good exercise I think it’s important to point out this type of exercises coz can be helpful in a lot of cases, especially in depression thanks a lot

  • Anonymous

    Serious depression can lead to suicidal behavior. One of the best therapy is to do exercise and this is what I did every time when I’m depressed. It will helps you a lot not only for depression.

  • http://www.donannwellness.com Rawle Williams

    I do agree that depression is on the rise worldwide, especially in the developed world and particularly during the winter period.
    Exercise indeed helps as well of behavioural therapy.
    Medication only help temporally and I am not certain of the long term usage in helping patient with depression.

  • http://www.inonit.in shruti bhatia

    Depression is a problem and we all must take it seriously. When we lose control of our mind then this happens. So we need to take charge. We have to be mentally fit.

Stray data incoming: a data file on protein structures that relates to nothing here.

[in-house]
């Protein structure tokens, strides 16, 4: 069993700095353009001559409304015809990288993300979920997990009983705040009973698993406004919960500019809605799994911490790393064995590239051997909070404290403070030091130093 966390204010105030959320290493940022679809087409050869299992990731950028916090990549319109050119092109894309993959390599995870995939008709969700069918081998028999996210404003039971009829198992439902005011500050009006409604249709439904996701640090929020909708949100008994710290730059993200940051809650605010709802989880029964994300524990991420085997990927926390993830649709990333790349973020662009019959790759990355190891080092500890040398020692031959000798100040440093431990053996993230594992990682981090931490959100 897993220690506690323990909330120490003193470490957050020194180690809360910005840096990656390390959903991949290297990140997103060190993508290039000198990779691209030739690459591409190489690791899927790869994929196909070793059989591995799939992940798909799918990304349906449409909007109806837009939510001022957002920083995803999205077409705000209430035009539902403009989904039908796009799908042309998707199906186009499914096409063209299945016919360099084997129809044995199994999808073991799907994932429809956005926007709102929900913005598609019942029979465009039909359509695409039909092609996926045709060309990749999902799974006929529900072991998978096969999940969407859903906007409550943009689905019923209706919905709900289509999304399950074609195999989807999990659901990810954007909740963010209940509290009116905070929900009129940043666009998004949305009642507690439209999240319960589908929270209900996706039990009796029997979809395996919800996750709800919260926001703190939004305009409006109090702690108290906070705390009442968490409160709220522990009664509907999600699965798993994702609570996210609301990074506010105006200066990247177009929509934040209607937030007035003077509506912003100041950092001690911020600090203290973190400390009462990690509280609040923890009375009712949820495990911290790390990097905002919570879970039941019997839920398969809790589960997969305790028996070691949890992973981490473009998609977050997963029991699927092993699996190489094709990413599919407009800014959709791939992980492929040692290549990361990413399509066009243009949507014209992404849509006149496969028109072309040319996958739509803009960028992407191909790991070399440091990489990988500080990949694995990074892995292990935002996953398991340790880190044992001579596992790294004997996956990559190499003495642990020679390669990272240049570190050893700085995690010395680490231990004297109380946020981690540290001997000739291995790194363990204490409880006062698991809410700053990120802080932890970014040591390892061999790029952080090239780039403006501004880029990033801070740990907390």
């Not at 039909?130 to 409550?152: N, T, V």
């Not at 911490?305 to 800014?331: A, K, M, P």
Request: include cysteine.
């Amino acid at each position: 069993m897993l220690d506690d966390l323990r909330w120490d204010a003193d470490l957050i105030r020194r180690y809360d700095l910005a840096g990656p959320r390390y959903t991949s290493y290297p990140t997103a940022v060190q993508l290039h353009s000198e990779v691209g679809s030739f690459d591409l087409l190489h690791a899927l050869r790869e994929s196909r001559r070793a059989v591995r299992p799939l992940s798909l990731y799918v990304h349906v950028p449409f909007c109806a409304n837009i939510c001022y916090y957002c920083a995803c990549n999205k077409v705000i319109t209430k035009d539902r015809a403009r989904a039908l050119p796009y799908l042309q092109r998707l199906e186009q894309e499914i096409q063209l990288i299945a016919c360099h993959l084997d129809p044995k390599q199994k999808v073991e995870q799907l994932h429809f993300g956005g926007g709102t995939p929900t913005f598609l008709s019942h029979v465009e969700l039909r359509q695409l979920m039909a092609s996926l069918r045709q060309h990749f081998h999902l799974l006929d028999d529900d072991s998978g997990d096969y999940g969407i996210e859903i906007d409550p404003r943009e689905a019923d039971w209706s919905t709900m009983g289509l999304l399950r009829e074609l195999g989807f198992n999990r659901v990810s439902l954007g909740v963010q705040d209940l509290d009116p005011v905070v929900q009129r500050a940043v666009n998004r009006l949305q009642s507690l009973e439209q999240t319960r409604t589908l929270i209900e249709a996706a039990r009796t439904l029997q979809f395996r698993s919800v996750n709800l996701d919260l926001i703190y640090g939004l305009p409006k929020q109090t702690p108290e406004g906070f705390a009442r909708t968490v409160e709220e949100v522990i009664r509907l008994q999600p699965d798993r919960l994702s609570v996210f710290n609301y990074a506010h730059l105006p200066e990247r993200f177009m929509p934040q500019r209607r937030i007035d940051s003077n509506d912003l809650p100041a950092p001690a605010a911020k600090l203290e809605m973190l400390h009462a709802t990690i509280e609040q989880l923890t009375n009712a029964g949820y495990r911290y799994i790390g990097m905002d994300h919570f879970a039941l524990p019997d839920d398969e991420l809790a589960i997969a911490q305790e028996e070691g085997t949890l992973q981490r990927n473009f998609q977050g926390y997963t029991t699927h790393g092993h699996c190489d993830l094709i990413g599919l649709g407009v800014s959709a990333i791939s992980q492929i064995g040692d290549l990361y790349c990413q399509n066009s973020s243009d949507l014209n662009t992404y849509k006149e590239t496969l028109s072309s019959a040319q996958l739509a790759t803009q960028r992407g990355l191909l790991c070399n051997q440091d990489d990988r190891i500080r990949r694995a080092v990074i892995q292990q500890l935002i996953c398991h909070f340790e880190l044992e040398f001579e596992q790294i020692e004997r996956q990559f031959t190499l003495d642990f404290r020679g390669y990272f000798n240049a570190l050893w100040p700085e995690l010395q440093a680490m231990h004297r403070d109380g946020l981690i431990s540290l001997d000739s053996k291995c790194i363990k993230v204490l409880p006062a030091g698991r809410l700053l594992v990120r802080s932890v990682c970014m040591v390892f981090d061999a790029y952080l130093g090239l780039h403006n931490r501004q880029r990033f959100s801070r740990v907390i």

Exercise keeps us busy , which keep our mind working. This article provides and amazing insight.

  • http://www.axuedu.com John Peter

    I do agree that depression is on the increase worldwide, particularly within the developed world and significantly throughout the winter amount.

Cristiano Batista, PhD

Cristiano Batista, PhD, is a Portuguese lecturer and researcher with more than 10 years of experience. He hold s a PhD in Public Health from the University of Porto, Portugal. Additionally, he is the author and reviewer of several peer-reviewed publications within health issues. He is an expert in the epidemiology field, particularly focused on its relationship with physical activity or inactivity. When he is not lecturing or researching, he enjoys writing about distinct health related findings. He has written both in English and Portuguese. He is now developing an investigation on the association between exercise and psychological and neurological disorders.